Increased perceptual distraction and task demand enhances gaze and non-biological cuing effects

Gregory, SEA ORCID: https://orcid.org/0000-0002-2601-2873 and Jackson, MC 2021, 'Increased perceptual distraction and task demand enhances gaze and non-biological cuing effects' , Quarterly Journal of Experimental Psychology, 74 (2) , pp. 221-240.

[img]
Preview
PDF - Published Version
Available under License Creative Commons Attribution 4.0.

Download (951kB) | Preview

Abstract

This study aims to improve understanding of how distracting information and target task demands influence the strength of gaze and non-biological (arrow and moving line) cuing effects. Using known non-predictive central cues, we manipulated the degree of distraction from additional information presented on the other side of the target, and target task difficulty. In Experiment 1, we used the traditional unilateral cuing task, where participants state the location of an asterisk and the non-target location is empty (no distraction). Experiment 2 comprised a harder localisation task (which side contains an embedded oddball item) and presented distracting target-related information on the other side. In Experiment 3, we used a discrimination task (upright or inverted embedded T) with distracter information that was unrelated or related to the target (low vs. high distraction, respectively). We found that the magnitude of cuing scaled with the degree of combined distraction and task demands, increasing up to six-fold from Experiments 1 and 2 to the high-distraction condition in Experiment 3. Thus, depleting attentional resources in this manner appears to weaken the ability to ignore uninformative directional cues. Findings are discussed within the framework of a resource-limited account of cue inhibition.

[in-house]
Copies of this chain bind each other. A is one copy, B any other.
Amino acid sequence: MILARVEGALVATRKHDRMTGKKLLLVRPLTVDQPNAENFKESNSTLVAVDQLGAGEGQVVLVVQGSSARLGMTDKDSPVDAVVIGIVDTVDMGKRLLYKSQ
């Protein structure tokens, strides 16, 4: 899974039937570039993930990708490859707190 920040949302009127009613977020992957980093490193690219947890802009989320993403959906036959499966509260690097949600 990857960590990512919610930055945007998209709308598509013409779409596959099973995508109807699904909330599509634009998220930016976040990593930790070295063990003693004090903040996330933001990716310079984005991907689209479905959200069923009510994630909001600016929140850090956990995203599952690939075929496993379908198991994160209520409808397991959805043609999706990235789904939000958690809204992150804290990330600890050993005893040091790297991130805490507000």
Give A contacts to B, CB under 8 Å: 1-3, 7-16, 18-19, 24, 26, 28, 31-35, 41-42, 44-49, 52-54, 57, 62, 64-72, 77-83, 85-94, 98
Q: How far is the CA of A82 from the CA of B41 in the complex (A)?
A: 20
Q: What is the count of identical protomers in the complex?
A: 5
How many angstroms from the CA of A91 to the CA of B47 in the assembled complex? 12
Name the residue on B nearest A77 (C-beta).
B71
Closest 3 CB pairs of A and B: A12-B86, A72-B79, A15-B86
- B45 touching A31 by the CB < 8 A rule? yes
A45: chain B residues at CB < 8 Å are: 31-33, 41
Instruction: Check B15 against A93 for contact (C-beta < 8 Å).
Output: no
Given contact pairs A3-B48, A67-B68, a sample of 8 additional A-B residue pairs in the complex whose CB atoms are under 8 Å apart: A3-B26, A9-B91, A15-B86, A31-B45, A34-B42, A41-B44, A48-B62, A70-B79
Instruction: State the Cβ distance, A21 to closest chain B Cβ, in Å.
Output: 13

Item Type: Article
Schools: Schools > School of Health and Society
Journal or Publication Title: Quarterly Journal of Experimental Psychology
Publisher: SAGE Publications
ISSN: 1747-0218
Related URLs:
Depositing User: Dr Samantha Gregory
Date Deposited: 27 Oct 2021 14:48
Last Modified: 27 Oct 2021 15:00
URI: http://usir.salford.ac.uk/id/eprint/62161

Actions (login required)

Edit record (repository staff only) Edit record (repository staff only)

Downloads

Downloads per month over past year